Not every job is DIY – some should be left to professionals. But there are some easy plumbing fixes any DIY homeowner can do, and knowing about them will save you money.
These simple do-it-yourself methods allow you to fix common plumbing problems in your home without calling an expensive plumber.
Fixing a Leaky Faucet
A leaky faucet can be annoying and wasteful, but you can fix it easily. Here’s what you need to do:
- Turn off the water supply: Before you start working on the faucet, make sure to turn off the water supply either under the sink or at the main valve.
- Take apart the faucet: Use a screwdriver or adjustable wrench to remove the handle and expose the cartridge or stem assembly.
- Check the parts: Look for any worn-out or damaged O-rings and washers.
- Replace worn-out parts: If you find any worn-out or damaged parts, replace them with new ones. Take the old parts with you to the store to make sure you buy the right parts.
- Reassemble the faucet: Put the faucet back together in the reverse order of disassembly. Tighten all the screws or nuts securely, but be careful not to overtighten.
- Turn on the water supply: Once you’ve reassembled the faucet, turn on the water supply and check for any leaks. If there are no leaks, you’re all done!
Clearing a Clogged Drain
A clogged drain is a common plumbing issue that you can usually easily fix yourself. Follow these steps to clear a clogged drain:
- Use a plunger: Start by using a plunger designed for sinks or drains. Place the plunger over the drain and create a tight seal. Push and pull the plunger vigorously to create suction and dislodge the clog. Repeat this process several times if needed.
- Try a drain snake: If the plunger doesn’t work, you can use a drain snake or auger. Insert the snake into the drain and rotate it clockwise while pushing it forward. This will help break up and remove any clogs in the pipe.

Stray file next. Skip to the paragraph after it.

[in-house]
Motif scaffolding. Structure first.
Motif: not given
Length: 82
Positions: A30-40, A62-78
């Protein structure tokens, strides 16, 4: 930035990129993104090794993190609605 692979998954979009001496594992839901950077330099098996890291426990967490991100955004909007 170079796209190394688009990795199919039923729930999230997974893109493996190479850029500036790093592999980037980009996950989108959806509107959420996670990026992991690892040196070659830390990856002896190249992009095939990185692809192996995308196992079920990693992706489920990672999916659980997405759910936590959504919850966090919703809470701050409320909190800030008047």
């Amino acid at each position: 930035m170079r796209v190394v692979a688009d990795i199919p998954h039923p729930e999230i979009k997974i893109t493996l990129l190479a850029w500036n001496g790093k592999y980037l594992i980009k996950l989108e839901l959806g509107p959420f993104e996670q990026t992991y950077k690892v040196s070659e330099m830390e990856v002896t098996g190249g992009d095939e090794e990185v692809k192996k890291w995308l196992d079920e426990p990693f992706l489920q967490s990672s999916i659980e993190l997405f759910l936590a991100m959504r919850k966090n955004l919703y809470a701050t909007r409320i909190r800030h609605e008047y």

- Use baking soda and vinegar: For minor clogs, you can try a natural solution. Pour a cup of baking soda followed by a cup of vinegar down the drain. Let it sit for about 30 minutes, then flush it with hot water. This combination can help dissolve organic materials and clear minor clogs.
- Clean the P-trap: If the clog is in the P-trap under the sink, place a bucket beneath it to catch any water. Unscrew the nuts connecting the P-trap to the pipes and remove any debris or clogs causing the blockage. Reassemble the P-trap and test the drain.
- Prevent future clogs: To avoid future clogs, don’t pour grease, coffee grounds, or large food scraps down the drain. Use drain covers or strainers to catch hair and other debris before they enter the pipes.
Fixing a Running Toilet
A running toilet can waste water and increase your water bill. You can fix most causes of a running toilet easily. Here’s how to do it:
- Check the flapper: Lift the lid of the toilet tank and check the rubber flapper at the bottom. If the flapper is worn, it may not be creating a proper seal, causing water to continuously flow into the bowl. Replace the flapper if necessary.
- Adjust the float: The float is a small device that controls the water level in the tank. If the float is set too high, it can cause the water to constantly run. Adjust the float by bending the float arm or adjusting the screw or clip holding it in place.